[llvm-dev] [RFC] Coding Standards: "prefer `int` for regular arithmetic, use `unsigned` only for bitmask and when you intend to rely on wrapping behavior."

Michael Spencer via llvm-dev llvm-dev at lists.llvm.org
Tue Jun 11 13:44:27 PDT 2019

On Tue, Jun 11, 2019 at 1:00 PM Zachary Turner via llvm-dev <
llvm-dev at lists.llvm.org> wrote:

> On Tue, Jun 11, 2019 at 12:24 PM Mehdi AMINI <joker.eph at gmail.com> wrote:
>> I agree that readability, maintainability, and ability to debug/find
>> issues are key.
>> I haven't found myself in a situation where unsigned was helping my
>> readability: on the opposite actually I am always wondering where is the
>> expecting wrap-around behavior and that is one more thing I have to keep in
>> mind when I read code that manipulate unsigned. So YMMV but using unsigned
>> *increases* my mental load when reading code.
> I'm on the other end.  I'm always reading the code wondering "is this
> going to warn?"  "Why could a container ever have a negative number of
> elements?"  "The maximum value representable by the return type (unsigned)
> is larger than that of the value i'm storing it in (signed), so an overflow
> could happen even if there were no error.  What then?"
> On Tue, Jun 11, 2019 at 12:26 PM Michael Kruse <llvmdev at meinersbur.de>
> wrote:
>> Am Di., 11. Juni 2019 um 11:45 Uhr schrieb Zachary Turner via llvm-dev
>> <llvm-dev at lists.llvm.org>:
>> >
>> > I'm personally against changing everything to signed integers.  To me,
>> this is an example of making code strictly less readable and more confusing
>> in order to fight deficiencies in the language standard.  I get the problem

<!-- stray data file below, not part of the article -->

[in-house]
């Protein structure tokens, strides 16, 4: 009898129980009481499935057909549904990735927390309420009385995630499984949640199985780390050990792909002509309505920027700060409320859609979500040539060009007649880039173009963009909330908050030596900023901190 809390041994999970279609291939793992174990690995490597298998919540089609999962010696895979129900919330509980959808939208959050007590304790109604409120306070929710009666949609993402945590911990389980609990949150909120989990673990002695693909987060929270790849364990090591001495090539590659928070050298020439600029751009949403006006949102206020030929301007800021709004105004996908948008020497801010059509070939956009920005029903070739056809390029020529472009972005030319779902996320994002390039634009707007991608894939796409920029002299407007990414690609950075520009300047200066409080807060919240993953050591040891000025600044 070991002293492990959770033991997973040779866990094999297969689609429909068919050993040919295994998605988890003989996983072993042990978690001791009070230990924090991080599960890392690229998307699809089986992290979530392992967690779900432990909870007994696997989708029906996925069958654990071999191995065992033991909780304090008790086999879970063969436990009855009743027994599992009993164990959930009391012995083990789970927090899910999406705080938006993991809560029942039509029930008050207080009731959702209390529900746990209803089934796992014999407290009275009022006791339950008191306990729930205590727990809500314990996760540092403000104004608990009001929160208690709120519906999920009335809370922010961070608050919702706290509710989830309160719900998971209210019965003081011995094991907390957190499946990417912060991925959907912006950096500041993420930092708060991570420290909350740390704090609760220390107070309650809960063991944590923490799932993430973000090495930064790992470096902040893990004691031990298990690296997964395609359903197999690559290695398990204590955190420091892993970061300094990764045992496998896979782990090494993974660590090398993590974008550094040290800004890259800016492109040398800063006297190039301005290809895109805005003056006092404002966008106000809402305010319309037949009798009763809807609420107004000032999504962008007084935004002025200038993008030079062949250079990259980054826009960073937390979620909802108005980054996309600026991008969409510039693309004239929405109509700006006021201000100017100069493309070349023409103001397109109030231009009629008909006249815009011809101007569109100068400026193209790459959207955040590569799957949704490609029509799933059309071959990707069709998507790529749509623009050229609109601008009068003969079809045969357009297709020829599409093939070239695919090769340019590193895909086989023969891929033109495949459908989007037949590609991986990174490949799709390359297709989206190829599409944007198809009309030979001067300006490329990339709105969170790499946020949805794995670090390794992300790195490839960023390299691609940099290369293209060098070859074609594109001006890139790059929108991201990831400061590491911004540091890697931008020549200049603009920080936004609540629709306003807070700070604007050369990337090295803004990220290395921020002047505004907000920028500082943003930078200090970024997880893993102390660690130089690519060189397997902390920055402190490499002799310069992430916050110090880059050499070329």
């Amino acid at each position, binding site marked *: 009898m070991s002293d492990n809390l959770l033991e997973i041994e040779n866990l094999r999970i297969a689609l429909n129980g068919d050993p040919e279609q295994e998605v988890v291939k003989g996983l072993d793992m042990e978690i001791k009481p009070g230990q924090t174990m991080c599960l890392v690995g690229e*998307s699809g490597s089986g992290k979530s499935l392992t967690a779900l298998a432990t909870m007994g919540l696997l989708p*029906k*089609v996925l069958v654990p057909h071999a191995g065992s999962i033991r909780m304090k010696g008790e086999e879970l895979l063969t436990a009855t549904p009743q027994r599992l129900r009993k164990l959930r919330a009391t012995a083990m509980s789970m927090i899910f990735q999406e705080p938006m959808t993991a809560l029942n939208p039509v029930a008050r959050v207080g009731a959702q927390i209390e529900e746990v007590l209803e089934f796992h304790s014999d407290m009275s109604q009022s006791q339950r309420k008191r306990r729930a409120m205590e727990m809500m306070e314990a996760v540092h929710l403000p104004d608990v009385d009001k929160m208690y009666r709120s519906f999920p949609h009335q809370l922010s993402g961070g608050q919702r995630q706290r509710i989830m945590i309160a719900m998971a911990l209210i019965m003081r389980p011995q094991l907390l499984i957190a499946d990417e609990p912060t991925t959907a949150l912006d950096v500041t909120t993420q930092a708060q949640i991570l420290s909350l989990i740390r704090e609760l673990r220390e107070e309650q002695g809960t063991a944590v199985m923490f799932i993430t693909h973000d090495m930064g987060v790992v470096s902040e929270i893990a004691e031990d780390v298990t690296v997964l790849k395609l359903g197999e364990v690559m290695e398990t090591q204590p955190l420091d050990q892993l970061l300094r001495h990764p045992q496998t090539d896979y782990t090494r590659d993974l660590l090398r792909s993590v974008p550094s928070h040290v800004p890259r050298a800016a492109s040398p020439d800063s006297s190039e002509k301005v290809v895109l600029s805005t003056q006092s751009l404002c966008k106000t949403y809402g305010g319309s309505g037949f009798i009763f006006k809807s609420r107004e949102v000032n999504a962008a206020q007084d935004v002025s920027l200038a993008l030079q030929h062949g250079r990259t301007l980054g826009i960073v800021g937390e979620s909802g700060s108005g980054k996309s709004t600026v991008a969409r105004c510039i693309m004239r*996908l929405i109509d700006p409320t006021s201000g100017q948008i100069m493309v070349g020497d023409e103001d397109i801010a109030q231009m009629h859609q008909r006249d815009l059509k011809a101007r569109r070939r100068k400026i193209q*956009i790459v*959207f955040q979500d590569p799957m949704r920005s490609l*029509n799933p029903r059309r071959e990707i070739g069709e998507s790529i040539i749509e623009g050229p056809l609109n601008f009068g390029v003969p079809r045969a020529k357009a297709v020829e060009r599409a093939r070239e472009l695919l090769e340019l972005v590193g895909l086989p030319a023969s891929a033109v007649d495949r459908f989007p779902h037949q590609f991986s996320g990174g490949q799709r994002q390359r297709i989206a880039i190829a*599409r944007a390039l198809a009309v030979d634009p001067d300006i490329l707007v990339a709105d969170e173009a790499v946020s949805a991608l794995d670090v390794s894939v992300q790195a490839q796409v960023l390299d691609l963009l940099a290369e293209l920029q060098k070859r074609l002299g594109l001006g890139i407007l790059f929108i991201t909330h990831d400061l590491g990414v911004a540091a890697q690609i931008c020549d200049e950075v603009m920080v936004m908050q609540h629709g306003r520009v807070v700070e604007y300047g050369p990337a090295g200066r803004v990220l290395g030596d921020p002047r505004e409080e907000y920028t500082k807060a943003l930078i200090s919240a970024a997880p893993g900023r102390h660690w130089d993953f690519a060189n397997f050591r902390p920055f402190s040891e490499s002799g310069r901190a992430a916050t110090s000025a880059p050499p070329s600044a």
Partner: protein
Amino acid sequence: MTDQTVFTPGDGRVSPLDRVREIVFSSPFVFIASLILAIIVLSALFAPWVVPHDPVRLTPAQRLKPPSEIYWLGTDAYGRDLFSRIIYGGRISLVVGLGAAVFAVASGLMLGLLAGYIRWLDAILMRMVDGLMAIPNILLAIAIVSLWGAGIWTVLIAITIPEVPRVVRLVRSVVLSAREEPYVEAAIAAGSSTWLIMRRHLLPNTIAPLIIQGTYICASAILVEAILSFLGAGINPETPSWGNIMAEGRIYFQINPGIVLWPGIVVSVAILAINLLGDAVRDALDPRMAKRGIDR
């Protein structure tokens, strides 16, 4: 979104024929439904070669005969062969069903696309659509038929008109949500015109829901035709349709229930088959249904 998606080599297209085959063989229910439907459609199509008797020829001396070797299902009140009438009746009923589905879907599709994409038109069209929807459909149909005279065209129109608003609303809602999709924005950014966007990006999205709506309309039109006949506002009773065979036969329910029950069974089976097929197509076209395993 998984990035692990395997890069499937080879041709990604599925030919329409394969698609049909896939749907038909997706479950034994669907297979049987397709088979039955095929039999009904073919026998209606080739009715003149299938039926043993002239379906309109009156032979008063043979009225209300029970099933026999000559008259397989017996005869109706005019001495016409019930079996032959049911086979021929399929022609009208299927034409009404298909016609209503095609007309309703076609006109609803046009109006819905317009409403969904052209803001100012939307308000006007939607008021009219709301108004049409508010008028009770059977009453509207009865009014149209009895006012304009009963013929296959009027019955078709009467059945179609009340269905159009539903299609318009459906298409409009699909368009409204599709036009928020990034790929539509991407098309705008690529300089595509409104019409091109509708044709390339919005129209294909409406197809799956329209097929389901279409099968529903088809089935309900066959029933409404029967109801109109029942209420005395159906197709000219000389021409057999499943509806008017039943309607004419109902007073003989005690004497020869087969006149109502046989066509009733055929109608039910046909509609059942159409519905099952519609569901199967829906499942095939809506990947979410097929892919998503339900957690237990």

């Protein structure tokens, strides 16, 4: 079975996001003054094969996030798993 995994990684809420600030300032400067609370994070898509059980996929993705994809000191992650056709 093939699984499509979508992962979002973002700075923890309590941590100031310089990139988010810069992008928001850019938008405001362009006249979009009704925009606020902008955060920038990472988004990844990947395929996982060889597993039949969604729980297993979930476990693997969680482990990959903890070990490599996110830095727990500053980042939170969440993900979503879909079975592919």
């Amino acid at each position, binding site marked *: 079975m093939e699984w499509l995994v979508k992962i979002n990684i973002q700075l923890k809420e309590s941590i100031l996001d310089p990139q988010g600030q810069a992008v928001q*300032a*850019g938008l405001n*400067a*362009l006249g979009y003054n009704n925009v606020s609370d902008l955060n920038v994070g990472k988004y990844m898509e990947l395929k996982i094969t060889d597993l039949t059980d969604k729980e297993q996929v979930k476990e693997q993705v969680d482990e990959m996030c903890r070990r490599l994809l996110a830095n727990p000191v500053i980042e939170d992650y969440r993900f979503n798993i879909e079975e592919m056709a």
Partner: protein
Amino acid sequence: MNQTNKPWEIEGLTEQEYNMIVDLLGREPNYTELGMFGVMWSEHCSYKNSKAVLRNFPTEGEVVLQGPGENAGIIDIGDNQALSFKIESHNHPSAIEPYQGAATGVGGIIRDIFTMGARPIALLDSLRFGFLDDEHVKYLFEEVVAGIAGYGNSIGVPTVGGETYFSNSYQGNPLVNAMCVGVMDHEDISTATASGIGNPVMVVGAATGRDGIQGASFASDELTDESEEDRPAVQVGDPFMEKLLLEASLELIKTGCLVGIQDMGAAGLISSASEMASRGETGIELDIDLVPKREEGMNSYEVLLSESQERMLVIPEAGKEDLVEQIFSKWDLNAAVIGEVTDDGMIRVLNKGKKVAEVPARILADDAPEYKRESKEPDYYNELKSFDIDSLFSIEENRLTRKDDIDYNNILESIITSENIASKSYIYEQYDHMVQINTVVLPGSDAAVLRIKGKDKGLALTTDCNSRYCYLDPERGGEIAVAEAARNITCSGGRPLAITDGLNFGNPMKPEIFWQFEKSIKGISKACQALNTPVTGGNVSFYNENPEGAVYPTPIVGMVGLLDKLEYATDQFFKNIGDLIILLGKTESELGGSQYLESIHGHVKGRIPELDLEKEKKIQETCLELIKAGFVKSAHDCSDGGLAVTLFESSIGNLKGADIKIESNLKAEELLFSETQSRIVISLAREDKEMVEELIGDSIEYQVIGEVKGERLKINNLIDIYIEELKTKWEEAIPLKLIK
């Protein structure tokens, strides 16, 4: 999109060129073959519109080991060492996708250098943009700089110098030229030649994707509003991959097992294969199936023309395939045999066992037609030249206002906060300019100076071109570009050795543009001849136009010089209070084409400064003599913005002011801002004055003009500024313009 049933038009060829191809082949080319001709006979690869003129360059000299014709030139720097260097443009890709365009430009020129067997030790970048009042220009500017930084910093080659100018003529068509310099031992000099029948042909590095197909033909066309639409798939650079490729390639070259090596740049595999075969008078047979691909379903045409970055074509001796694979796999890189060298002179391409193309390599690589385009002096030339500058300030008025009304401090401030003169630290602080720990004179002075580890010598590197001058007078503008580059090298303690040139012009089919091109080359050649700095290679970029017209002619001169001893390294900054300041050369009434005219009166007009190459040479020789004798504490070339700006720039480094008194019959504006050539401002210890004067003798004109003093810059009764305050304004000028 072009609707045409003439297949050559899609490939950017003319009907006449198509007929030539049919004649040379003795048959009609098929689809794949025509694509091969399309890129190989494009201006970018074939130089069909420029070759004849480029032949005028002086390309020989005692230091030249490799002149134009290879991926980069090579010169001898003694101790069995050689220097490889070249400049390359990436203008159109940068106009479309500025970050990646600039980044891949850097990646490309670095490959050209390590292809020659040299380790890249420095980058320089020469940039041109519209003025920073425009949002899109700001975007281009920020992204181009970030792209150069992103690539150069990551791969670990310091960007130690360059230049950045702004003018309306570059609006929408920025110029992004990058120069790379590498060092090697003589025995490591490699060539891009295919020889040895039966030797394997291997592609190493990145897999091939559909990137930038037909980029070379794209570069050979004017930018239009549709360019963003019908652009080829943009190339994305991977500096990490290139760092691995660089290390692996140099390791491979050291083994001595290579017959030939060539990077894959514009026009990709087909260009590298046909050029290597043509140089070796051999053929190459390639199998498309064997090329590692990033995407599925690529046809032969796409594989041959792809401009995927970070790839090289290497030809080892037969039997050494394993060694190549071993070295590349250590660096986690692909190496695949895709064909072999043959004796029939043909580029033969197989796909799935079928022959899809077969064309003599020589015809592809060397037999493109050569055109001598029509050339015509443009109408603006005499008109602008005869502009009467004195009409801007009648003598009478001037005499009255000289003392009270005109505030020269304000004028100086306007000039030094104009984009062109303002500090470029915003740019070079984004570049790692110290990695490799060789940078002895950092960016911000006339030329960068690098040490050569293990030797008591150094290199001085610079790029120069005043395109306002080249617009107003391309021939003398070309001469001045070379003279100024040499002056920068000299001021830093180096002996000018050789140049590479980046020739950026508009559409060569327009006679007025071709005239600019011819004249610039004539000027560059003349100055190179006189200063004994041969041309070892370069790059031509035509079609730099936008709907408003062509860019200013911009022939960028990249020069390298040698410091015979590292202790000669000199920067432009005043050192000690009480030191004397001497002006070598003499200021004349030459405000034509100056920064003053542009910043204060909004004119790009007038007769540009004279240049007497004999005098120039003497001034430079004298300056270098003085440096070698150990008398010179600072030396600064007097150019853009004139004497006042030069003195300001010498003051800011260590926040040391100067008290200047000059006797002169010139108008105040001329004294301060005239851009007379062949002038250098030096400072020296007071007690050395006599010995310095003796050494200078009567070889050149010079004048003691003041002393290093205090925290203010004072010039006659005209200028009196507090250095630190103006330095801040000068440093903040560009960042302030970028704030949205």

>> that it's solving, but I view this as mostly a theoretical problem, whereas
>> being able to read the code and have it make sense is a practical problem
>> that we must face on a daily basis.  If you change everything to signed
>> integers, you may catch a real problem with it a couple of times a year.
>> And by "real problem" here, I'm talking about a miscompile or an actual bug
>> that surfaces in production somewhere, rather than a "yes, it seems
>> theoretically possible for this to overflow".
>> Doesn't it make it already worth it?
> vector.size() returns a size_t, which on 64-bit platforms can represent
> types values larger than those that can fit into an int64_t.  So to turn
> your argument around, since it's theoretically possible to have a vector
> with more items than an int64_t can represent, isn't it already worth it to
> use size_t, which is an unsigned type?

sequence containers (like vector) cannot hold more items than a ptrdiff_t
(a signed type) can represent due to requirements based on std::distance.

I don't see a use for unsigned types outside of bit manipulation.

- Michael Spencer
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